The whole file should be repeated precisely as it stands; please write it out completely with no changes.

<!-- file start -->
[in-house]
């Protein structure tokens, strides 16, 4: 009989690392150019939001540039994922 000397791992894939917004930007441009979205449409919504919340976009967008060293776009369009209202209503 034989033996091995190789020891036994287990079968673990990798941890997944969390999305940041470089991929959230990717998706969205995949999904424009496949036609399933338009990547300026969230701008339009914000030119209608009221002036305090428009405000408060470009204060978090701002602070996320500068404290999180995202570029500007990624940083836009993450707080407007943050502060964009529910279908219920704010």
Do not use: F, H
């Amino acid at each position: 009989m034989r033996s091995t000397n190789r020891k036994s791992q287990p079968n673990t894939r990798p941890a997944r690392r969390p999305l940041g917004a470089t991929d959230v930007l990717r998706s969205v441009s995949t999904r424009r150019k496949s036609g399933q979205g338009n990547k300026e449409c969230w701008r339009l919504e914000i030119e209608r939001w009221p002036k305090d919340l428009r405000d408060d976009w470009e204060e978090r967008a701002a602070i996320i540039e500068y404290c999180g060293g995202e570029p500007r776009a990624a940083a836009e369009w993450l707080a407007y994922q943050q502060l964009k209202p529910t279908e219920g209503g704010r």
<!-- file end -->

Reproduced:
[in-house]
């Protein structure tokens, strides 16, 4: 009989690392150019939001540039994922 000397791992894939917004930007441009979205449409919504919340976009967008060293776009369009209202209503 034989033996091995190789020891036994287990079968673990990798941890997944969390999305940041470089991929959230990717998706969205995949999904424009496949036609399933338009990547300026969230701008339009914000030119209608009221002036305090428009405000408060470009204060978090701002602070996320500068404290999180995202570029500007990624940083836009993450707080407007943050502060964009529910279908219920704010």
Do not use: F, H
């Amino acid at each position: 009989m034989r033996s091995t000397n190789r020891k036994s791992q287990p079968n673990t894939r990798p941890a997944r690392r969390p999305l940041g917004a470089t991929d959230v930007l990717r998706s969205v441009s995949t999904r424009r150019k496949s036609g399933q979205g338009n990547k300026e449409c969230w701008r339009l919504e914000i030119e209608r939001w009221p002036k305090d919340l428009r405000d408060d976009w470009e204060e978090r967008a701002a602070i996320i540039e500068y404290c999180g060293g995202e570029p500007r776009a990624a940083a836009e369009w993450l707080a407007y994922q943050q502060l964009k209202p529910t279908e219920g209503g704010r």